The slow disintegration of the European Union accelerated this week as the EU Commission recommended disciplinary action against Poland under Article 7 of the Lisbon Treaty. The treaty, signed in 2007 and coming into force in 2009, gives the EU the power to discipline member states by imposing sanctions and suspending their voting rights. The move comes after Poland moved to enact reforms aimed at cleaning up the Polish judiciary. The Commission was humiliated as Hungary immediately pledged to veto any sanctions and Poland and the UK had a private summit to discuss a trade deal.
A few years ago a British judge called Starforth Hill, then 71, provoked outrage when he said a 9-year-old victim of sex crime was “not entirely an angel”, leading to adverse headlines and Parliamentary demands for his dismissal. His actions also prompted a healthy debate over retirement age for judges.
In Poland, there have been many complaints about slow court cases and corrupt judges. As part of a package of reforms, the Polish government have introduced a retirement age of 65 for men and 60 for women. The Polish Parliament will also appoint a greater proportion of the committee – the National Judiciary Council – that in turn selects judges.
In Britain, judges are appointed by a Judicial Appointments Commission. Half of the members are appointed by an interview panel in turn appointed by the Lord Chancellor (a government minister). The others are proposed by a council of judges and a council of tribunal judges. In the United States, federal judges are appointed on proposal by the President of the United States and subject to confirmation by the Senate.
In short, there is very little wrong in principle with Poland’s proposals except it upsets the EU elite because it makes the appointment of the judiciary more democratically accountable. The National Judiciary Council of Poland seems to have one judge on it – so less than Britain and more than the US. The retirement age seems a little low given the higher life expectancies and better health in Europe. In reality though, the proposals are far from the totalitarian nightmare readers would expect from strident BBC headlines, such as this one – “Poland judiciary reforms: Judge accuses government of coup”. Of course, in reality the only judges removed will be those over 65.
The problem faced by the EU is that it does not really like democracy but at the same time cannot abandon it. To square the circle, it has tried to make democratic power as illusory as possible – transferring power away from national governments. Another mechanism is to introduce “human rights” or other standards that transfer significant amounts of power to unelected bodies.
On every occasion that the EU has confronted the results from the ballot box directly, it has lost. A simple example is that of Austria. When the rightwing Freedom Party was included in a coalition government, the EU imposed sanctions. The result was humiliating failure for the EU and an increase in popularity for Austrian Nationalism.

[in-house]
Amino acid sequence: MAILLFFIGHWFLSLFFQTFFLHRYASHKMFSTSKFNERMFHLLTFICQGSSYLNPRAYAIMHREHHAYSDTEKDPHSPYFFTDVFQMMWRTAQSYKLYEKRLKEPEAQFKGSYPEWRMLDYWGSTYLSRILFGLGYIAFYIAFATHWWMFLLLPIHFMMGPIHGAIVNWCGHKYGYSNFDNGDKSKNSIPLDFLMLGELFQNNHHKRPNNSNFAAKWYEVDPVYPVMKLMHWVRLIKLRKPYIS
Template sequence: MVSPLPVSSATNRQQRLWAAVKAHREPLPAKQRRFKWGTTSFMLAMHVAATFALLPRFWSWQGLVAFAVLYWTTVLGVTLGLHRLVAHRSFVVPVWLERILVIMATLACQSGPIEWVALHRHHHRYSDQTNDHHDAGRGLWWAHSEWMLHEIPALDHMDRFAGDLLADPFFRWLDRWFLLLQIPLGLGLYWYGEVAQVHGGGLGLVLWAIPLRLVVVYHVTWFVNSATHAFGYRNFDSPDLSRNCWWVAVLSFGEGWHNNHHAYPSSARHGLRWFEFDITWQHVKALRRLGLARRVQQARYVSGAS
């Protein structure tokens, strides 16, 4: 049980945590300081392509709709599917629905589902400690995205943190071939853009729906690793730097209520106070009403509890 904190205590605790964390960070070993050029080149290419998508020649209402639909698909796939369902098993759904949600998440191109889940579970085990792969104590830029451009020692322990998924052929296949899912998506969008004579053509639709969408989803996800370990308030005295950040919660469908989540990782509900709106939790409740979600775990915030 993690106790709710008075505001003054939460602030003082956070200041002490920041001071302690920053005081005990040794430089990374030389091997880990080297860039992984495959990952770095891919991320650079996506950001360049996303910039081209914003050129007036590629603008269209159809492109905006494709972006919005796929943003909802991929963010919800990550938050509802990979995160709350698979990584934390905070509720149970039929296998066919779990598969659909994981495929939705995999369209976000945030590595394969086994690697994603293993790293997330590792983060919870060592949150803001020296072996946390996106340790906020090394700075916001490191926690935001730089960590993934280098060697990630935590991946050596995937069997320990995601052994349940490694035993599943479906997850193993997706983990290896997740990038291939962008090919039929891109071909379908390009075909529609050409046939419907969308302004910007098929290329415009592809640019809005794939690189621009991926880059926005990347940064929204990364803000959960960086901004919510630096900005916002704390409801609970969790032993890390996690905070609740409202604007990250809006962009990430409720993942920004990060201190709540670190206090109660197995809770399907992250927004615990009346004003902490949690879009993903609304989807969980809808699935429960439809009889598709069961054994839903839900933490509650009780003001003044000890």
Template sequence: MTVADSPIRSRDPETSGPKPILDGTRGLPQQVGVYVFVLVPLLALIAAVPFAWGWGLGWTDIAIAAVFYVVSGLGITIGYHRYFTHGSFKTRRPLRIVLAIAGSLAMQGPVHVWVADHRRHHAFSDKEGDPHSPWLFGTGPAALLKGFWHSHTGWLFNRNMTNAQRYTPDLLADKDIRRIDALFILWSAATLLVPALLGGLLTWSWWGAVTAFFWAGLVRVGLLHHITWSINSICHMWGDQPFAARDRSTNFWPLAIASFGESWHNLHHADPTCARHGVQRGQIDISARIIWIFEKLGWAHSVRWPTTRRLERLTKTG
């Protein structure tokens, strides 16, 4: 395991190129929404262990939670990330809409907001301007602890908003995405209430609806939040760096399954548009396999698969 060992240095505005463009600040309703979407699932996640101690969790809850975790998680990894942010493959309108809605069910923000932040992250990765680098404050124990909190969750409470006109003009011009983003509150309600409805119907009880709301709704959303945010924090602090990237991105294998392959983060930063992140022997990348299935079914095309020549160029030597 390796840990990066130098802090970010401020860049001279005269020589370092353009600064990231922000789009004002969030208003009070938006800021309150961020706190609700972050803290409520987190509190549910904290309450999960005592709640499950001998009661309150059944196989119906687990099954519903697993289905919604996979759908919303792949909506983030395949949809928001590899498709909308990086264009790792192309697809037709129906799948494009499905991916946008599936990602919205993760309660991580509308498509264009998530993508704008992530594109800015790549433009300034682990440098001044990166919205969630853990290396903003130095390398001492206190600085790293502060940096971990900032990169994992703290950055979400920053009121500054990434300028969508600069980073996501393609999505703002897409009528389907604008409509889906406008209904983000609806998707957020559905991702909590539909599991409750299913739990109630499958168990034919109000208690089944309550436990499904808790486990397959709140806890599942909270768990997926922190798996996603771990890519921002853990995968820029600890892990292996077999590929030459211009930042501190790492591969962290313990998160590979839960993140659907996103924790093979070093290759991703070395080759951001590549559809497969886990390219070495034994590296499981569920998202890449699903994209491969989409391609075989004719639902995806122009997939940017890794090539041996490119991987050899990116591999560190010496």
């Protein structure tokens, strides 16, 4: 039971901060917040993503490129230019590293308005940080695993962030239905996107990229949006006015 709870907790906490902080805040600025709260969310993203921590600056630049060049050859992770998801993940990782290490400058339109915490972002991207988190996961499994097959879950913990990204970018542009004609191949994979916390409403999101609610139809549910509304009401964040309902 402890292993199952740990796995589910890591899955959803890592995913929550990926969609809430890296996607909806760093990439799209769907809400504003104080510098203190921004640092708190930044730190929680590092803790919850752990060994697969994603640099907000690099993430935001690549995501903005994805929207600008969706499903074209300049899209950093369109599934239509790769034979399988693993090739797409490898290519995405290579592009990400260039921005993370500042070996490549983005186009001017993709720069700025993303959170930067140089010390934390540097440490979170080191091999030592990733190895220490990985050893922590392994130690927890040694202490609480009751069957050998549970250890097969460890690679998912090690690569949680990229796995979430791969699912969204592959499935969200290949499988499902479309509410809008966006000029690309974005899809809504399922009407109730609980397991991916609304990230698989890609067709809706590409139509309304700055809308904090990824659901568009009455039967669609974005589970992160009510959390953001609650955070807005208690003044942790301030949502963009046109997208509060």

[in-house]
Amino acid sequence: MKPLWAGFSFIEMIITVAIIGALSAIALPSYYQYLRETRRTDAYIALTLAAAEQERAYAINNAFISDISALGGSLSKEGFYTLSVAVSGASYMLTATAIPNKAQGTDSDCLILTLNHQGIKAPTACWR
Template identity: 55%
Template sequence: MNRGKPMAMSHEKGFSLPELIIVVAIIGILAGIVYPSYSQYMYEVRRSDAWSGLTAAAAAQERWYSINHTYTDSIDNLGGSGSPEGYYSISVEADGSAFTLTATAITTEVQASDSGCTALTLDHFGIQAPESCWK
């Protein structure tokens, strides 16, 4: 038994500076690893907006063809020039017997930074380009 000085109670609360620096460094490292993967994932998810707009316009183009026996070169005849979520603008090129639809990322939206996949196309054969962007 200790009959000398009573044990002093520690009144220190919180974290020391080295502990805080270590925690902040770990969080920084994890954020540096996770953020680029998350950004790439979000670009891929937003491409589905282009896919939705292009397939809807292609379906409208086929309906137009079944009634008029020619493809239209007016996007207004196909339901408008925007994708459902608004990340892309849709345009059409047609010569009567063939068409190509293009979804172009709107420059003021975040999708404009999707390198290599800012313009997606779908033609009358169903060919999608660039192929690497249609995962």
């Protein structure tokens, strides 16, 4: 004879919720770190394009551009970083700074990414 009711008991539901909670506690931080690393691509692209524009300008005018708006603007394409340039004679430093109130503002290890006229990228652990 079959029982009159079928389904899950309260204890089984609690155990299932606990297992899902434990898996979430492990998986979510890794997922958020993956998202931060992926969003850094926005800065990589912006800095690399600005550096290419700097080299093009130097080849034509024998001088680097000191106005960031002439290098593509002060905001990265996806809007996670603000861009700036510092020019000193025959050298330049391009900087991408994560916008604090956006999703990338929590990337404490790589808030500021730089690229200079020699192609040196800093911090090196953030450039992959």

In the case of Poland, the EU faces two catastrophic stumbling blocks. Firstly, Hungary has outright said it will veto any sanctions. Whilst Article 7 can be used to warn, “monitor” and essentially whine about states with a 4 / 5 majority of the European Council, unanimity is required to invoke any tangible punishment. Everyone except Poland would have to vote yes. It is likely, in fact that Hungary would not be alone.
The second stumbling block is that it will increase Euro-sceptic power across the continent – pushing Poland and other states towards considering their own membership of the EU. Poland and several other eastern European countries are increasingly unhappy with EU policy on migration. The easternmost states inevitably risk bearing the brunt of migration from non-EU states in the Middle East and Asia.
Poland has chosen to signal its approach to the EU’s ill-considered bullying by having a one-to-one summit with the British Prime Minister Theresa May and offering her public backing on a post Brexit trade deal. Short of projecting a giant, holographic middle finger onto the EU Parliament building, Poland could not be clearer about its contempt for the impotent threats.
I feel this is sad. The European Union had many advantages – trade harmonisation made us all richer and there has not been a serious war in Europe for 70 years. However, the EU is crumbling. The catastrophic European single currency project has put the region into a permanent economic crisis whilst at the same time the polity has become increasingly dictatorial. The final nail in the coffin has been a reckless approach to immigration and migration.
Europe does need some type of regional cooperation. Brexit will not remove Britain from Europe, only from a political institution. France and Germany will still be our neighbours and our trading partners. However, it seems increasingly clear that the vehicle for our trade and regional cooperation will not be the EU in its present form.